by Shoko Ishikawa
Last month, world leaders came together to agree on a new set of global goals designed to create the kind of world that we would like to see. The 17 Sustainable Development Goals are designed to wipe out poverty, fight inequality, tackle climate change and promote peace.
As with the Millenium Development Goals that came before them, a specific goal focuses on gender equality for women and girls. However the new goal goes further than simply "promoting" gender equality, to actually "achieving" it. We believe it is possible.
Just as importantly, gender equality and women's empowerment targets are also threaded through all of the goals and targets, signalling the very high priority of gender equality throughout the new 'Agenda 2030'.
Given the global pandemic of violence affecting one in three women worldwide; given the under-representation of women in leadership and decision-making, and the over-representation of women among the illiterate and the poor; and given a rising tide of fundamentalism which aims to push back hard-won gains for women and girls, this renewed emphasis on gender equality is a game-changer.
The goal is time-bound, with measurable targets and actions. It calls for gender equality and the empowerment of women and girls everywhere. For the first time, the world will be given a timeframe, a date by which gender equality must be achieved. Discrimination, inequality, and violence against women has been given an expiration date of 2030.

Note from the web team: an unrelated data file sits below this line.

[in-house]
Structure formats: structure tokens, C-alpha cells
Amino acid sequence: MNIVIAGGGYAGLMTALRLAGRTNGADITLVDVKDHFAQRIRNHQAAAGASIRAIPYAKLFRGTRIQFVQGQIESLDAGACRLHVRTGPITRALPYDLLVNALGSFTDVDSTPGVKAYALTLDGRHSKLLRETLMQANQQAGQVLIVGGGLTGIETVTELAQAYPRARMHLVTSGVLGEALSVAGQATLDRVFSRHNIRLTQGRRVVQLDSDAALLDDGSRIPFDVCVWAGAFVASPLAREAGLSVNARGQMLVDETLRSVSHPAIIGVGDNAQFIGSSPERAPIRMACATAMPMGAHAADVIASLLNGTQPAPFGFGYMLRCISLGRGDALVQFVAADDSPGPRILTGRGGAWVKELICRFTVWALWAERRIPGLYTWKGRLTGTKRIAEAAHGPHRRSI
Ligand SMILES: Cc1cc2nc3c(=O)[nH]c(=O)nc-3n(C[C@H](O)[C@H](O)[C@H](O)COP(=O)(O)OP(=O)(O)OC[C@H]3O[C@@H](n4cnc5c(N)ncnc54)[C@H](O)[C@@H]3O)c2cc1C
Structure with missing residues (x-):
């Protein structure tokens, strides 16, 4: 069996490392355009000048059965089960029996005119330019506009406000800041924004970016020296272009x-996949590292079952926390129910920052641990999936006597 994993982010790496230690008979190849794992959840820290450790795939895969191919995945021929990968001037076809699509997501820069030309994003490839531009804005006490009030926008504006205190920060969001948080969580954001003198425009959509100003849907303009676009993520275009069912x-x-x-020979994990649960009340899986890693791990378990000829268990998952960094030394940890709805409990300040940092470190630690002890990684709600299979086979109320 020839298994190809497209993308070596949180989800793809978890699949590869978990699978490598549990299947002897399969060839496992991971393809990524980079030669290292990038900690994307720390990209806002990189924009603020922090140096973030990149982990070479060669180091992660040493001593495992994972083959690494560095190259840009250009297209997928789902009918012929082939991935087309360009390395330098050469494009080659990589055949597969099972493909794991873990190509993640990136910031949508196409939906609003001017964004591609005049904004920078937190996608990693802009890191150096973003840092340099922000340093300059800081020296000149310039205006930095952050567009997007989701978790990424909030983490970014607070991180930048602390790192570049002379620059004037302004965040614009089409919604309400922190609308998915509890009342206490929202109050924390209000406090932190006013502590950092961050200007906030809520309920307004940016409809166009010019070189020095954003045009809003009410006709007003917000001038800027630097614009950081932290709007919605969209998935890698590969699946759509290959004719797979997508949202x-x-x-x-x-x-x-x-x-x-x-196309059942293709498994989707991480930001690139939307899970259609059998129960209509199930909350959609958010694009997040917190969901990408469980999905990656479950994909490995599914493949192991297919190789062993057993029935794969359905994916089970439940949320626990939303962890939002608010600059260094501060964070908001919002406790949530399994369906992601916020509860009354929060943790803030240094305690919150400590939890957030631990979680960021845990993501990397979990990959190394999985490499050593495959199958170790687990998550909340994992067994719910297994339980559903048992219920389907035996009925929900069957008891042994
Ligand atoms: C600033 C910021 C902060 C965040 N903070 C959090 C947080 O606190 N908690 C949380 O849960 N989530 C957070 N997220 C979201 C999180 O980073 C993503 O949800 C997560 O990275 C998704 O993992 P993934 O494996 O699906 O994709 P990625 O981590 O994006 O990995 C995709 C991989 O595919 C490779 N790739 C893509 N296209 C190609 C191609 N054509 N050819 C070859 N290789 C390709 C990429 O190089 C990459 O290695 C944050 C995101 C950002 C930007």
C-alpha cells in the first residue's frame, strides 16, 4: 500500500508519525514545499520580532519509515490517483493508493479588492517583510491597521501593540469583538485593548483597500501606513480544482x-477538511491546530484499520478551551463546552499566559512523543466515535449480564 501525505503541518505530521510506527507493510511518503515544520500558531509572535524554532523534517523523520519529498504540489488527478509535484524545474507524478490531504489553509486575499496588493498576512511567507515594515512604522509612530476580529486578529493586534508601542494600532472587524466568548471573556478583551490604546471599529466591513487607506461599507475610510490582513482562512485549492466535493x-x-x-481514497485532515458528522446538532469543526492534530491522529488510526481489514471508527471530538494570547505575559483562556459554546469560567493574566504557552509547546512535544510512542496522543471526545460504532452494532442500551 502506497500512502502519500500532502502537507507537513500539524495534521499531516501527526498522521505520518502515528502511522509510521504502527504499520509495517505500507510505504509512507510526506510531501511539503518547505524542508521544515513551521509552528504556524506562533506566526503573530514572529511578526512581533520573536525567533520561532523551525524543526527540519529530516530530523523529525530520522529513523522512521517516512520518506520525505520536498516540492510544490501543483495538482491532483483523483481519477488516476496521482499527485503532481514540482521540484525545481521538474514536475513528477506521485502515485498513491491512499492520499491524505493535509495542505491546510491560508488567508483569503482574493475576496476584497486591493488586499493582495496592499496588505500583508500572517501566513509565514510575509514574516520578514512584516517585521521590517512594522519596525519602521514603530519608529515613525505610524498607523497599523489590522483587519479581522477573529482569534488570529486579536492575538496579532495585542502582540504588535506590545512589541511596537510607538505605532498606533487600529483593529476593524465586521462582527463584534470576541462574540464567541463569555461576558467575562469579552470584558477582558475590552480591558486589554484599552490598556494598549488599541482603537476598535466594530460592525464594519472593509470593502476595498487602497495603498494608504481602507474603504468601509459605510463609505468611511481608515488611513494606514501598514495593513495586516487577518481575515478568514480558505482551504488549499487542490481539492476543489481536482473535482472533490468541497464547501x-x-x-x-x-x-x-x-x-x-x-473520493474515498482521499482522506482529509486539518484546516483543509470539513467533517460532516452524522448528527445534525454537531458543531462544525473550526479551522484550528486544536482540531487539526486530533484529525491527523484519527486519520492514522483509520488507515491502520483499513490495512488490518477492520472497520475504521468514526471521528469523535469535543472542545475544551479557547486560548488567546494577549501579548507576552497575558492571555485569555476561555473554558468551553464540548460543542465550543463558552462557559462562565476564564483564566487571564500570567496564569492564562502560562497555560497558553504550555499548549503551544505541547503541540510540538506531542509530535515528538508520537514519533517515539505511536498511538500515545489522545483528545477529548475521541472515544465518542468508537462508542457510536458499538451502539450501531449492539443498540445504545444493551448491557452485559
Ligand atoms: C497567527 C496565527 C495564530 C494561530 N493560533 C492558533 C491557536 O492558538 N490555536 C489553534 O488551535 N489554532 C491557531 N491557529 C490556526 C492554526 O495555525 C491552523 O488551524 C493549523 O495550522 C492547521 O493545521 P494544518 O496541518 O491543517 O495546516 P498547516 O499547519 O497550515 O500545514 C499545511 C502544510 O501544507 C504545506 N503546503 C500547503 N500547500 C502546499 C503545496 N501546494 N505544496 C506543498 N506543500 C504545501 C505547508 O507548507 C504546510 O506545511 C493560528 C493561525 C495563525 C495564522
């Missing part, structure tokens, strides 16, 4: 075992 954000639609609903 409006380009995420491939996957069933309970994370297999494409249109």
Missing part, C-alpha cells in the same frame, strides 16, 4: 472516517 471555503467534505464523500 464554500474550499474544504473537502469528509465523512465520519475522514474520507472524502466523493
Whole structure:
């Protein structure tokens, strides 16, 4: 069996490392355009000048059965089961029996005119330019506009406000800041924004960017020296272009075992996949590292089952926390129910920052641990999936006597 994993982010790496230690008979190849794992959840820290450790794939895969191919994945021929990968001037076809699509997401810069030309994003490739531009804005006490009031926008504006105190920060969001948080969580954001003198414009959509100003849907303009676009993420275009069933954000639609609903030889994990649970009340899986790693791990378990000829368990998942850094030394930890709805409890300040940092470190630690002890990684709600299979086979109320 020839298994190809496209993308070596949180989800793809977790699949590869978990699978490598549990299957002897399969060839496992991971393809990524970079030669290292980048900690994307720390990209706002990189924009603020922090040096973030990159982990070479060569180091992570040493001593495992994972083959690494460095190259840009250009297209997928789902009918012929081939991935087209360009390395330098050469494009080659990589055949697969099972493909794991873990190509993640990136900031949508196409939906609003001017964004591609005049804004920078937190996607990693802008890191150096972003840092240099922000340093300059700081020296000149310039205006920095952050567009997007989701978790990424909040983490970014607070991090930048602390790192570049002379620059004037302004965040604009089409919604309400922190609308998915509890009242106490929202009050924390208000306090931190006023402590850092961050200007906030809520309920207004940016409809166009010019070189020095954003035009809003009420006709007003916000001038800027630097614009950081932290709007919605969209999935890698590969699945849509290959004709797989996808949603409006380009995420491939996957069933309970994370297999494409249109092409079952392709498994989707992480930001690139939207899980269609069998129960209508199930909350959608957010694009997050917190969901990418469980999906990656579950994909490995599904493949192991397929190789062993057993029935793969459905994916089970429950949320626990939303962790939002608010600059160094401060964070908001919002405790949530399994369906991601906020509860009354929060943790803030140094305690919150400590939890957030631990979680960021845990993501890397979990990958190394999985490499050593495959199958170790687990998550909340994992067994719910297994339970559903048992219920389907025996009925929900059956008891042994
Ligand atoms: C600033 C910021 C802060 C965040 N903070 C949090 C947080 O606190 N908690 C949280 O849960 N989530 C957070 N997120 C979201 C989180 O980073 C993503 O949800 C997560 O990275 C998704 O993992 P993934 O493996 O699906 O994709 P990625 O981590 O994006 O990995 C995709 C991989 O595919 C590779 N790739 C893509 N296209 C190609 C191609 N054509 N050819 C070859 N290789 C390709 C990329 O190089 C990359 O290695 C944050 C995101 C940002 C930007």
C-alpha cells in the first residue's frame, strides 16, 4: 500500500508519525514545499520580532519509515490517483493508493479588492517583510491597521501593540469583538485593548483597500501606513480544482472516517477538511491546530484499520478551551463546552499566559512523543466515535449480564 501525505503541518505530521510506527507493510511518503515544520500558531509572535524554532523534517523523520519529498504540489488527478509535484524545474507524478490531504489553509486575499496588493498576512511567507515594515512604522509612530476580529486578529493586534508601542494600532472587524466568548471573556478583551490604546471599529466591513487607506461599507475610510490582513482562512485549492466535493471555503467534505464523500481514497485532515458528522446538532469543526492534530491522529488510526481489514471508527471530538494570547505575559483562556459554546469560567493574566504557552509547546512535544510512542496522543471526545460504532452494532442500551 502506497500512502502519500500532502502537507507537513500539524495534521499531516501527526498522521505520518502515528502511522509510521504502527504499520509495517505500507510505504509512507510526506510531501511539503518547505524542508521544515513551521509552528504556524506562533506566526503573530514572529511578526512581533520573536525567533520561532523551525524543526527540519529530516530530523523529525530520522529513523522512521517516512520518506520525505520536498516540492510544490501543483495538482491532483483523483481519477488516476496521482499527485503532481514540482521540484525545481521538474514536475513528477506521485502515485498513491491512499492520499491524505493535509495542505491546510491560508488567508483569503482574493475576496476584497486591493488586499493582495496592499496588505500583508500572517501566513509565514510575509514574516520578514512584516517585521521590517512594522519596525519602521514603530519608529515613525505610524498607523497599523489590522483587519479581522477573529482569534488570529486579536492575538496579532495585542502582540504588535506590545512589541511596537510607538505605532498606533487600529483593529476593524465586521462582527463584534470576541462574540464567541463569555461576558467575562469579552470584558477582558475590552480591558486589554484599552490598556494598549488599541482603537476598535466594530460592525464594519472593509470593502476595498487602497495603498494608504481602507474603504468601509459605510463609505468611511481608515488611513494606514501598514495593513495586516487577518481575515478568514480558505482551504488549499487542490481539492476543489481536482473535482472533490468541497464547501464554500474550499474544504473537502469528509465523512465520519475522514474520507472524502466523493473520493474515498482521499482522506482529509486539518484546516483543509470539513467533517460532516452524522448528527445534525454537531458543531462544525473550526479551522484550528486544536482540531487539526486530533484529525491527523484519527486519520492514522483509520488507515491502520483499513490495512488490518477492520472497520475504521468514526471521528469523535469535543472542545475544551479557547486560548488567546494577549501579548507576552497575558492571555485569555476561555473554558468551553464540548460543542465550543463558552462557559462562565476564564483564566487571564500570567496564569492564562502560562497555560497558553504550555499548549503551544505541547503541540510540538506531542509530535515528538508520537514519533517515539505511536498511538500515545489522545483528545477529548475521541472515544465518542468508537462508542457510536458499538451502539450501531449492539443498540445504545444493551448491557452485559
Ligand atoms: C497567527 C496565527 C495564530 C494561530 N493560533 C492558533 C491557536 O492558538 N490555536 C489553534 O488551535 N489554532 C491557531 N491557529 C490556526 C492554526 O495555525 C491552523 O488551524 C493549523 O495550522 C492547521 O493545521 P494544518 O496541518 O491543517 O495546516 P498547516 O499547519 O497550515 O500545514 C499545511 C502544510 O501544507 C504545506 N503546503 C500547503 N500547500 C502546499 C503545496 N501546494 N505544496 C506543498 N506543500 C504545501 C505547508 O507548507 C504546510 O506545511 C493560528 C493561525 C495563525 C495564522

By 2030 we should have made bold and far-reaching changes that touch the lives of every woman and girl around the world, no matter where or who they are.
But what does this mean for Viet Nam?
In striving to reach the SDG's predecessor, the Millenium Development Goals, Viet Nam made unprecedented progress. Since 1993, 45 per cent of Viet Nam's population has escaped from poverty. 100 per cent of children are enrolled in primary schools and the attendance ratios for boys and girls have largely been equalised. The maternal mortality ratio has been reduced by three quarters since 1990, and as a result, literally thousands of mothers are alive today. All of these outcomes are due to national actions following the MDG framework.
Through wide reaching initiatives, including the provision of loans for female entrepreneurs, health and nutrition classes, vocational training and literacy programmes, women have been empowered, poverty reduced and the environment protected. Gender equality has been mainstreamed in legislation and from the 1960 Marriage and Family Law, which banned forced marriage, child marriage and domestic violence, to the more recent law on Domestic Violence Prevention and Control, women's rights have been upheld.
In spite of this, much work remains to be done.